The federal government is planning to focus some of its research and development efforts on developing methods for building security into software and hardware systems used in federal agencies. This a major change for the government, which has historically focused its energies on defenses such as IDS, custom desktop images and firewalls.
In the new document published by the Executive Office of the President and the National Science and Technology Council, called “Trustworthy Cyberspace: Strategic Plan for the Federal Cybersecurity Research and Development Program“, comprises several different R&D focus areas, known in federal-speak as “themes”. The other themes include tailored trustworthy spaces, moving target and cyber economic incentives. These are mainly variations on familiar themes within other government strategies or policy documents, and involve providing incentives and motivations for making security flexible and ubiquitous in computing environments.
But it’s the section on designed-in security that is likely to draw the most attention, as it’s not something that the government has been focused on much in the past. Many of the recommendations and strategies that the White House and other agencies have released in recent years have focused most of their discussions on traditional defenses, and have not pai much attention to software security or the concept of building security in from the start. But that may be changing now.
“The DIS research theme focuses on building the capability to design, develop, and evolve high-assurance software-intensive systems predictably and reliably while effectively managing risk, cost, schedule, quality, and complexity. Assurance-focused engineering practices can simultaneously develop a system and the evidence needed to support its assurance case, yielding game-changing reductions in cost and increases in agility and flexibility over existing approaches that focus on after-the-fact assurance. This can also enable rapid evolution and tailoring of systems initially developed using these practices,” the new document says.
“A key focus within this theme is on the usability of tools for developing attack-resistant software systems. Improving the usability of tools for specifying, implementing, analyzing, and testing software, and for composing systems of software components, is essential in order to gain their widespread adoption by developers, whose participation is needed in order to change the game. The impact of DIS is intended to extend to the development and evolution of mainstream software ecosystems and infrastructures. Future software ecosystems and infrastructures that employ this cost-effective method for producing and evolving high-assurance systems can lay a new, sound foundation for cyber civilization.”
The new document released this week is meant to serve as the strategic plan for agencies and entities within the government that perform research and development on technology and security. It’s part of the Obama administration’s overarching cyberspace and cybersecurity plans, and, while it’s not long on specifics, it’s an interesting read in some respects.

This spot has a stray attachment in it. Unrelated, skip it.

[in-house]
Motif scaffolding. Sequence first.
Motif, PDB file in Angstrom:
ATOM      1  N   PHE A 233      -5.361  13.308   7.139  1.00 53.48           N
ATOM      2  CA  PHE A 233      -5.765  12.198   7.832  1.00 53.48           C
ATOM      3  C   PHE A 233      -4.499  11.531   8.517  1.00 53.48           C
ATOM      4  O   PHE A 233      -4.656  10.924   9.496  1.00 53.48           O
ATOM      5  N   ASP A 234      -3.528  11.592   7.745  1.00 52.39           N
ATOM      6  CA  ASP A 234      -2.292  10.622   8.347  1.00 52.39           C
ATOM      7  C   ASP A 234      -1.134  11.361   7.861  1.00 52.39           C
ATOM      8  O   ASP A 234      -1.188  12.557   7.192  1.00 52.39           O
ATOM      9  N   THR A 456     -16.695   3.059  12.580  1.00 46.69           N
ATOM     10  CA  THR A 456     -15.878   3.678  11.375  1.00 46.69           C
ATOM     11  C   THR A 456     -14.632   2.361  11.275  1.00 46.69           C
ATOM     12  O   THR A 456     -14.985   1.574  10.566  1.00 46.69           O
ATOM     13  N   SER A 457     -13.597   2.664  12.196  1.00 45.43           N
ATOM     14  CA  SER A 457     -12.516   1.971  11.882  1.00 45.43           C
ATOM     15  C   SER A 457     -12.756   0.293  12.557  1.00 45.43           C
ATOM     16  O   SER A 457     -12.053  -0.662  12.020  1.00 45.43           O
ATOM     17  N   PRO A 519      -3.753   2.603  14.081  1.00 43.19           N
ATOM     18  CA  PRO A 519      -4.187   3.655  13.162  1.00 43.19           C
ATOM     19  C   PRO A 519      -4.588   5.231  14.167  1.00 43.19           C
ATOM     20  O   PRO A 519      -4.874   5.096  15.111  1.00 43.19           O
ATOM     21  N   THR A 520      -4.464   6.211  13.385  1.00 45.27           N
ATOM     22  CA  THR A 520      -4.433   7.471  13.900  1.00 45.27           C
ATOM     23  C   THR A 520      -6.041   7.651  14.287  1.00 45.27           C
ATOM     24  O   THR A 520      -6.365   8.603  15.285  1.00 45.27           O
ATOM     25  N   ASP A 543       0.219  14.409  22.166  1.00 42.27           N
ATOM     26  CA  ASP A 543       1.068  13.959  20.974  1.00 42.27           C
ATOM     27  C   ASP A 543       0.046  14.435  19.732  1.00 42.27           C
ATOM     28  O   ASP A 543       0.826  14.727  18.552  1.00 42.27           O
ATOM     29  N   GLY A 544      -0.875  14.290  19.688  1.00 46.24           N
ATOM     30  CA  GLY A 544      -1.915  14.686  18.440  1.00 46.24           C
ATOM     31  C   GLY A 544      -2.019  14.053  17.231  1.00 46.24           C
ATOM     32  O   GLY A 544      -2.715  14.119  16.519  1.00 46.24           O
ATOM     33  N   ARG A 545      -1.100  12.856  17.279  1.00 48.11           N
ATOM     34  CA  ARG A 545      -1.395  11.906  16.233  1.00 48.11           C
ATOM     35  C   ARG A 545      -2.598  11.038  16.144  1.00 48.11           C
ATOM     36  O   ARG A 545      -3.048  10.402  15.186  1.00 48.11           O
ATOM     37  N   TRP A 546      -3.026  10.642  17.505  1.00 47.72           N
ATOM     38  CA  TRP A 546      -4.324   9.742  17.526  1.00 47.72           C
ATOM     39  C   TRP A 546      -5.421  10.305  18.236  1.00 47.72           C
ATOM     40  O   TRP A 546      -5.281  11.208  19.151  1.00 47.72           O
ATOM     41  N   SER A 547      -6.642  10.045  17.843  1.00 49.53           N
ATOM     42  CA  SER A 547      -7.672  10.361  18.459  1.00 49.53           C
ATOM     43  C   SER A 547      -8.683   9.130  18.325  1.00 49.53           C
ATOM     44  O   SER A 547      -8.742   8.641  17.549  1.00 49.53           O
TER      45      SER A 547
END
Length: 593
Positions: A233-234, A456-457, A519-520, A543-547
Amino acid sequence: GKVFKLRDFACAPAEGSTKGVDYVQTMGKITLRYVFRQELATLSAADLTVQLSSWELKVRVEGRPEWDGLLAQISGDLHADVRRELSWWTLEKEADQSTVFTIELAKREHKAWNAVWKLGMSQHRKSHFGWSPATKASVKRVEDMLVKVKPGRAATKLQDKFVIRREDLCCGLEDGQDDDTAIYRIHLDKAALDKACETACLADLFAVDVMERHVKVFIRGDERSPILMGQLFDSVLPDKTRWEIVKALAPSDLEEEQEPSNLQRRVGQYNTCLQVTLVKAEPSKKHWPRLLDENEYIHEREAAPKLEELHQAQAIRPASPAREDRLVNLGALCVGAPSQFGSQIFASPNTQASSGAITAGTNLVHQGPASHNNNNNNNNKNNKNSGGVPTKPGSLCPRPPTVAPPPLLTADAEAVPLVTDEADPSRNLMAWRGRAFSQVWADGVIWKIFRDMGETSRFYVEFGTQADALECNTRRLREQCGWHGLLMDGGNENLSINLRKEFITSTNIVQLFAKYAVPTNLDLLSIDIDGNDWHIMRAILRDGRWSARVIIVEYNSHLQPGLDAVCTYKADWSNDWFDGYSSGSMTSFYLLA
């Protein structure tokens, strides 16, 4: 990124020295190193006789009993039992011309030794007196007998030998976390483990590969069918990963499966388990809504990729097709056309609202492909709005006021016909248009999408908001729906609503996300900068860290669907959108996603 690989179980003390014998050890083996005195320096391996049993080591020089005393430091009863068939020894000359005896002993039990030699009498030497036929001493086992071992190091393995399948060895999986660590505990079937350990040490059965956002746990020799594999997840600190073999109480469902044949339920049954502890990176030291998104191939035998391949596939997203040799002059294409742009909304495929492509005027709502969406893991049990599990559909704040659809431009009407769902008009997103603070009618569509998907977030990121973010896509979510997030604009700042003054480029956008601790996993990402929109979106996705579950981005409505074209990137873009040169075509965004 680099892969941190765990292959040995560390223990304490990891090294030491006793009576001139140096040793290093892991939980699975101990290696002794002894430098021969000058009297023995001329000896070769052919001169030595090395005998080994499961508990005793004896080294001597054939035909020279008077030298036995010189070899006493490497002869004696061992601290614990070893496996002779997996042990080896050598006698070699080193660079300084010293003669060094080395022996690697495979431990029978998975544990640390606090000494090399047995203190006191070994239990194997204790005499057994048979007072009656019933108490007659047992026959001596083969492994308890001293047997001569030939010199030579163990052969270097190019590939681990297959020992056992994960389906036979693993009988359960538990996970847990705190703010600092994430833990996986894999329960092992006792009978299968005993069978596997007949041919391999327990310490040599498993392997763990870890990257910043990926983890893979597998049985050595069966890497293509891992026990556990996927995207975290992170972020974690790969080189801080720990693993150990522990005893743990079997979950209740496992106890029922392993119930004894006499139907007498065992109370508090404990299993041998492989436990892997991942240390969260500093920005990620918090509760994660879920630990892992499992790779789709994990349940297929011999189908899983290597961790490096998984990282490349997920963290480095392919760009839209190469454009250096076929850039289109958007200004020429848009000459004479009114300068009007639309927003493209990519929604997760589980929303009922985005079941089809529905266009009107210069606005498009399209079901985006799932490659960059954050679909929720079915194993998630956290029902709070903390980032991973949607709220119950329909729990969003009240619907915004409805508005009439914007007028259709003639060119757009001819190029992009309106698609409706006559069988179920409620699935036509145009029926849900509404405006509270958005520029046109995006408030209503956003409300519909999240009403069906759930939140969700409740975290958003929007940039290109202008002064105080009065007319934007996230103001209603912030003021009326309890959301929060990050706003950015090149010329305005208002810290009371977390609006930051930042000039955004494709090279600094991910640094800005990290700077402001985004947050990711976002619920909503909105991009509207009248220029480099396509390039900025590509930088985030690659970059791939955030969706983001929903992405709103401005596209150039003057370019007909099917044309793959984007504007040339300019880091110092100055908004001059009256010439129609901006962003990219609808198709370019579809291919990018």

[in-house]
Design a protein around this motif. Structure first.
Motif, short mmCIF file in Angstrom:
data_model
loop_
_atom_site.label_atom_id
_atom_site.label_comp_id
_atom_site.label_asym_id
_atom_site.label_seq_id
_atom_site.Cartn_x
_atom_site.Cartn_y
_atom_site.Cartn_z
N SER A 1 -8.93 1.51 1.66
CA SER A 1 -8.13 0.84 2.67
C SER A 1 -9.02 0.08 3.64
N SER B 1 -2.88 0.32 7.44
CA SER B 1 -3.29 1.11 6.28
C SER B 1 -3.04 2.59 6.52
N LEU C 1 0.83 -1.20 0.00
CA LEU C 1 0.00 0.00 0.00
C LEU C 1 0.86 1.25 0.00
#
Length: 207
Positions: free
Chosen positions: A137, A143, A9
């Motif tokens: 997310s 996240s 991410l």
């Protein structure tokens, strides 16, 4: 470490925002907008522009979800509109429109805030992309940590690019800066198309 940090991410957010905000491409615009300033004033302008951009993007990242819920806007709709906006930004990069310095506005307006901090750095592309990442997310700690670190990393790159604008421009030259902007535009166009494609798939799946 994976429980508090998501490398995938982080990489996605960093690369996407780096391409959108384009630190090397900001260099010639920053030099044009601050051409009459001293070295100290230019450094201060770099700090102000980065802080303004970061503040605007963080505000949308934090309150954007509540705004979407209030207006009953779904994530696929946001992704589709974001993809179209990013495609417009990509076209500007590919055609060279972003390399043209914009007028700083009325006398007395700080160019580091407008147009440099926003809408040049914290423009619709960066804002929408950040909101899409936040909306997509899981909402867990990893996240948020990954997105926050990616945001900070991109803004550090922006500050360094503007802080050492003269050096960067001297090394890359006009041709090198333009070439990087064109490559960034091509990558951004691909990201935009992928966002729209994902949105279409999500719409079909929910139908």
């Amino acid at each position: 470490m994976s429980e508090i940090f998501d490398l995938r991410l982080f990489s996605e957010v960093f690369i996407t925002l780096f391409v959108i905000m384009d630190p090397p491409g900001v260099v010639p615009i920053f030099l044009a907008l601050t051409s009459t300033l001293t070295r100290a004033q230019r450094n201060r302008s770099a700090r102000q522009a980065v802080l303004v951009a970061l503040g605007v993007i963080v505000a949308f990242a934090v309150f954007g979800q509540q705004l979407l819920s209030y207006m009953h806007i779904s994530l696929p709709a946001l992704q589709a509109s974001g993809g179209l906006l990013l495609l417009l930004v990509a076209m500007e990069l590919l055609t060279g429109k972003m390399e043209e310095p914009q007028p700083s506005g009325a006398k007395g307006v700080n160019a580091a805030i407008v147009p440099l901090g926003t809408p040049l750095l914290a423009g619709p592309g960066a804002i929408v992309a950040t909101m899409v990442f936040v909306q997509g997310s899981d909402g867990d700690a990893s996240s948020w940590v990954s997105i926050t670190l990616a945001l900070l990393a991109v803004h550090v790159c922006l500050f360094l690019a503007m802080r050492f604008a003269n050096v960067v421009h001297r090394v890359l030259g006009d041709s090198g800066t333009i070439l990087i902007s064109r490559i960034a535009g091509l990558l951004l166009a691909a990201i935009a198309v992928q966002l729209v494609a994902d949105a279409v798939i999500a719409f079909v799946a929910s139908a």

The strategy says that one of the key drivers behind the focus on designing-in security is the improvements in software analysis and vulnerability detection tools in recent years.
“Over the past ten years, the field has shown substantial progress in methods for detecting flaws in software through static and dynamic analysis, producing checkable proofs that demonstrate that software is free of classes of flaws and proving that algorithms and their implementations have desired properties. This progress gives impetus to the new Designed-in Security research theme, whose intent is to stimulate, accelerate, and focus research in the many disciplines that contribute to the design and delivery of large-scale software systems that require verifiable assurance of the system’s resistance to attack,” the plan says.
Chris Wysopal, CTO of Veracode, said that he’s encouraged to see the government paying some attention to the idea of building security in to applications from the beginning.
“There are 3 key things in there. The first is that vulnerability reduction in possible and a major part of a cybersecurity program. Finally, it is not all about firewalls, IDS, and antivirus. The second is the recognition that automated static and dynamic analysis have greatly improved in the last ten years and can be used to reduce the number of vulnerabilities if used during the development process,” Wysopal said. “And third it recognizes that components of software systems are delivered from third parties and they need to provide evidence that they performed DIS. These are things I have been evangelizing for years now so it is good to see the signal get through.”